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Creating a ‘Safe’ Culture to Empower Communication

By Helen Green

In my last article   http://www.xl-erate.com/blog/psychological-safety-key-to-unlocking-your-business-voice/ I looked at the power of psychological safety and the importance not only of creating an environment where it is safe enough to speak but one where we can be free to listen. The impact of being unable to speak out can be enormous. It is not just the high profile Enron and Volkswagen scandals, for example, where employees probably knew what was happening and felt unable to say anything long before it came to public attention, having your voice stifled is commonplace within many working environments.

Have you had instances when you didn’t agree in a business meeting? Did you have that ‘light bulb moment’, or yearned to question an action or the way in which it was delivered – but just didn’t do it? Most of us will have first hand experience of holding back and muting our voice for fear of what might happen if we speak freely. And equally, we will have experienced environments where listening also doesn’t come freely to us. We have our own views, which we hold dear and we may not be willing to really hear another’s views.

The benefits of a culture in which we can be free to speak are clear, but how do we create an environment in which it is ‘safe’ to do so? Leaders and Managers have a critical role to play in setting the tone and conditions for positive dialogue, yet this must be practised, rather than directed from the top. We must actually see it in action. Authentic role models are key to portraying their style and beliefs and assuring colleagues that they won’t be judged, nor will there be repercussions if they speak out. As a consultant and coach, I draw on a number of tools and techniques to guide teams, from shining a light on collective and individual dynamics to then supporting them to interact positively and support each other.


Personality plays an obvious role in individual dynamics within a working environment. For example introverts may by nature be less keen to speak out, while the extroverts amongst us are typically the colleagues whose voice will be heard. Regardless, most of us will temper our delivery in new environments, scoping out what’s acceptable and what’s not within that space. Yet there will be individuals within every organisation whose good intentions are marred by their delivery. Sometimes it can be best to articulate views and opinions clearly and directly – to advocate. Often, that will be enough to make your voice heard. But if not, try flexing to adopt a more curious, inquiring tone. When the annual planning meetings come about, rather than stating that the process rarely prompts change, why not ask the question, “I’m curious, how many of the points that we agreed last year have been translated into action?” in order to start a new conversation about the approach to planning.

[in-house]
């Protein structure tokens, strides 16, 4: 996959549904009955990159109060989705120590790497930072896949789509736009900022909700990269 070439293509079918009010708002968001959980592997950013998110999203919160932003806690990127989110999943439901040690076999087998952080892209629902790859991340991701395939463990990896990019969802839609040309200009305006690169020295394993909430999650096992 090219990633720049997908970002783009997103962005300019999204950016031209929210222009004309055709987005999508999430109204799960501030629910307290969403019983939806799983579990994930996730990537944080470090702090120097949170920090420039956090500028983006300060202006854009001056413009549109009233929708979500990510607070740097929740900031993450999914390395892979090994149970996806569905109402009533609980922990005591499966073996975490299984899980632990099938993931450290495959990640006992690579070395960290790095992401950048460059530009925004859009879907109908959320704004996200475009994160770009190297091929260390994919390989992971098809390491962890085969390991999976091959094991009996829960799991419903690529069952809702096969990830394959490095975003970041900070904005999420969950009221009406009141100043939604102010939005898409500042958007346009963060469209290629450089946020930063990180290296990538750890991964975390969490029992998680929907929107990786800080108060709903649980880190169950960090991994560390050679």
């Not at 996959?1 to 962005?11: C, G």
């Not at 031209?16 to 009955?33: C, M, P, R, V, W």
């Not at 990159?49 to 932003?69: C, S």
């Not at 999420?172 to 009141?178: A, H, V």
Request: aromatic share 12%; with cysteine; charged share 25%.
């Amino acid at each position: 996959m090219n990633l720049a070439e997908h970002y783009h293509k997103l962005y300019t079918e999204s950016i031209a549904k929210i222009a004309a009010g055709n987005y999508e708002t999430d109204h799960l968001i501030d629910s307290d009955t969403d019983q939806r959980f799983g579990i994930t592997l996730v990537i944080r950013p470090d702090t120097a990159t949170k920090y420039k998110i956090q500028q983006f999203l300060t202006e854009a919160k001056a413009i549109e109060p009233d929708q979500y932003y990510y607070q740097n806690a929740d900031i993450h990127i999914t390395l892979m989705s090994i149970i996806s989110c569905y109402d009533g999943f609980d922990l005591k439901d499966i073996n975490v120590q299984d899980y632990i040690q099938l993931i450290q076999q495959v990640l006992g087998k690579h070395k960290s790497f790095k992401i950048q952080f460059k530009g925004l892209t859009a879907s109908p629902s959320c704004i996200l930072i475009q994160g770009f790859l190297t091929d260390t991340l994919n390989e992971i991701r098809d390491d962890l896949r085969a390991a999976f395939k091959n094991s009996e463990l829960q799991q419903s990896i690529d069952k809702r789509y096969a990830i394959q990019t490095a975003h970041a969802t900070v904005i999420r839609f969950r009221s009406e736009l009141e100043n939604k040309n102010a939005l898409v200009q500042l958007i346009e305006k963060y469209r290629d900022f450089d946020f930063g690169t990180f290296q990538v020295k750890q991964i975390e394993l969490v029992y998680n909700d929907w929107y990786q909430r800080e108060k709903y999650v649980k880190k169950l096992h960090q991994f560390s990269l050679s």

And how do we mirror this by creating an environment through which it is safe to listen? Again, wonder and curiosity play a significant role in encouraging two-way dialogue in a way that is constructive, rather than inhibiting. The power of listening is immense – it can not only encourage speech and unlock potential, but also informs and empowers us to shift our own view with a different perspective or some new information. Stephen R. Covey said “Most people do not listen with the intent to understand; they listen with the intent to reply.” We are usually so busy formulating our response that we do not truly listen to what’s being said. If we did, might our response be different?

Redefining a culture and setting the conditions through which we can interact within an environment takes time, patience and commitment. However, the impact of achieving this is inarguable. Only when we are in a safe and open enough environment, can we have effective two-way conversations. And, when these are entered into with the right spirit, they will lead to prosperous and fulfilling relationships that can be transformative on many levels.